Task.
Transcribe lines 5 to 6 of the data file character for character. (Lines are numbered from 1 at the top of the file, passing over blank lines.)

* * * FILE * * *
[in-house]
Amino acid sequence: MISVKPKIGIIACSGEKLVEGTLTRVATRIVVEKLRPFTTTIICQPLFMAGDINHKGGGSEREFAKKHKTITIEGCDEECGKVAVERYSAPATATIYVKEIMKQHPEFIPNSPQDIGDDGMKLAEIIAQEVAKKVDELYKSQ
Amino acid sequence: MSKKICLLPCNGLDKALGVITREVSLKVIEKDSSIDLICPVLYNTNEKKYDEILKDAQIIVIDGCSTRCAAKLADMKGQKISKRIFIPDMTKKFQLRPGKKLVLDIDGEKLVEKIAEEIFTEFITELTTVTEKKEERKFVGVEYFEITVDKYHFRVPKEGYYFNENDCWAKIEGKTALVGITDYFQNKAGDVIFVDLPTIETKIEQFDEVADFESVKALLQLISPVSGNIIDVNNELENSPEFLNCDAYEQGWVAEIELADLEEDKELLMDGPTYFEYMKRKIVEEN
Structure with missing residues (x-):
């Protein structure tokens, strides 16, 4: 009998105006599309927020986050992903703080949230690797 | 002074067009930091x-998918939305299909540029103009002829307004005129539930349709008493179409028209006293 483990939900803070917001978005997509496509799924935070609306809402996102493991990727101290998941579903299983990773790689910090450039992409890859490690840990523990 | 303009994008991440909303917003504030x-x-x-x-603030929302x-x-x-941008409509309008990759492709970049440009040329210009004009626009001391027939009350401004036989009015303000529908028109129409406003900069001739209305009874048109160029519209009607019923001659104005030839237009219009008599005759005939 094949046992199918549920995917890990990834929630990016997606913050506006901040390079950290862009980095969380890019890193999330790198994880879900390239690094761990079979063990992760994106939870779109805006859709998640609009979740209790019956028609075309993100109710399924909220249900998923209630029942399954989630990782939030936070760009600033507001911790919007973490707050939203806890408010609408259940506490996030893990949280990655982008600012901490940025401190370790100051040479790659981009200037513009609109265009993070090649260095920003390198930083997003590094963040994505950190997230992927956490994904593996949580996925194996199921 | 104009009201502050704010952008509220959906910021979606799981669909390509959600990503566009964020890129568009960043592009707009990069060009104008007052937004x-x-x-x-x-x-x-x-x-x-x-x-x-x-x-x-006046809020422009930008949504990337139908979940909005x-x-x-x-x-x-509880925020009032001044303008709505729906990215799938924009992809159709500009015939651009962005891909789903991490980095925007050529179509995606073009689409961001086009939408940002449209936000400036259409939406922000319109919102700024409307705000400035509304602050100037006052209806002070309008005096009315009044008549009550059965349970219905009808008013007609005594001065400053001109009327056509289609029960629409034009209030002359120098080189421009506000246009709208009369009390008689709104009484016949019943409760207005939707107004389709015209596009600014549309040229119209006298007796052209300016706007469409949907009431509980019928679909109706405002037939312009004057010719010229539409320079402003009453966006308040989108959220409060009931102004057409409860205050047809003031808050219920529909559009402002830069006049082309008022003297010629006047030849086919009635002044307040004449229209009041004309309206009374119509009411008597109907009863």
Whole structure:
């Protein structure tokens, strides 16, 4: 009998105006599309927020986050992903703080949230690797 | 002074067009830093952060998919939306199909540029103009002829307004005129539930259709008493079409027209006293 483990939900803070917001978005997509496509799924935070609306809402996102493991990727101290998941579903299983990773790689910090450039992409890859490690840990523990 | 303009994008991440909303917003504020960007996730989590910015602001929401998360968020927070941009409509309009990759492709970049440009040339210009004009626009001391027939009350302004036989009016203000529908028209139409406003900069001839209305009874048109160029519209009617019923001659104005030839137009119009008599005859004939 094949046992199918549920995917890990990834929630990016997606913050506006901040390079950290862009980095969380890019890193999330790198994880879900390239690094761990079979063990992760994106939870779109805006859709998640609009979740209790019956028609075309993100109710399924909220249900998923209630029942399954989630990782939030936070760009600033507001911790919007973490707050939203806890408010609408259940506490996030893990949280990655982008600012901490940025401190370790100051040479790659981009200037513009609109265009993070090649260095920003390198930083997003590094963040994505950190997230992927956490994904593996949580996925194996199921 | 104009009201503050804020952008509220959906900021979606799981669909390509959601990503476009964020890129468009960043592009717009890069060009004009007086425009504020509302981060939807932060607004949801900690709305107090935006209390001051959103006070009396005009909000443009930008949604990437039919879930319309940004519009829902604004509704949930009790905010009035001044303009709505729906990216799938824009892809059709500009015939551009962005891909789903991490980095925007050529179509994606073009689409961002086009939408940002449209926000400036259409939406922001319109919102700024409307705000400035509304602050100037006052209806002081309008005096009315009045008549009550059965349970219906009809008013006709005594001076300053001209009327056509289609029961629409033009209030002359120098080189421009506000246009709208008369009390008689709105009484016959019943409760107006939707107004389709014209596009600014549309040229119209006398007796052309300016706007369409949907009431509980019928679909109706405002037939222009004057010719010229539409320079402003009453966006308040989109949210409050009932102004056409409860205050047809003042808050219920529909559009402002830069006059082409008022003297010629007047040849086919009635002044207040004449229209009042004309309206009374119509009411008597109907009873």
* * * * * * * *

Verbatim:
């Protein structure tokens, strides 16, 4: 009998105006599309927020986050992903703080949230690797 | 002074067009930091x-998918939305299909540029103009002829307004005129539930349709008493179409028209006293 483990939900803070917001978005997509496509799924935070609306809402996102493991990727101290998941579903299983990773790689910090450039992409890859490690840990523990 | 303009994008991440909303917003504030x-x-x-x-603030929302x-x-x-941008409509309008990759492709970049440009040329210009004009626009001391027939009350401004036989009015303000529908028109129409406003900069001739209305009874048109160029519209009607019923001659104005030839237009219009008599005759005939 094949046992199918549920995917890990990834929630990016997606913050506006901040390079950290862009980095969380890019890193999330790198994880879900390239690094761990079979063990992760994106939870779109805006859709998640609009979740209790019956028609075309993100109710399924909220249900998923209630029942399954989630990782939030936070760009600033507001911790919007973490707050939203806890408010609408259940506490996030893990949280990655982008600012901490940025401190370790100051040479790659981009200037513009609109265009993070090649260095920003390198930083997003590094963040994505950190997230992927956490994904593996949580996925194996199921 | 104009009201502050704010952008509220959906910021979606799981669909390509959600990503566009964020890129568009960043592009707009990069060009104008007052937004x-x-x-x-x-x-x-x-x-x-x-x-x-x-x-x-006046809020422009930008949504990337139908979940909005x-x-x-x-x-x-509880925020009032001044303008709505729906990215799938924009992809159709500009015939651009962005891909789903991490980095925007050529179509995606073009689409961001086009939408940002449209936000400036259409939406922000319109919102700024409307705000400035509304602050100037006052209806002070309008005096009315009044008549009550059965349970219905009808008013007609005594001065400053001109009327056509289609029960629409034009209030002359120098080189421009506000246009709208009369009390008689709104009484016949019943409760207005939707107004389709015209596009600014549309040229119209006298007796052209300016706007469409949907009431509980019928679909109706405002037939312009004057010719010229539409320079402003009453966006308040989108959220409060009931102004057409409860205050047809003031808050219920529909559009402002830069006049082309008022003297010629006047030849086919009635002044307040004449229209009041004309309206009374119509009411008597109907009863």
Whole structure: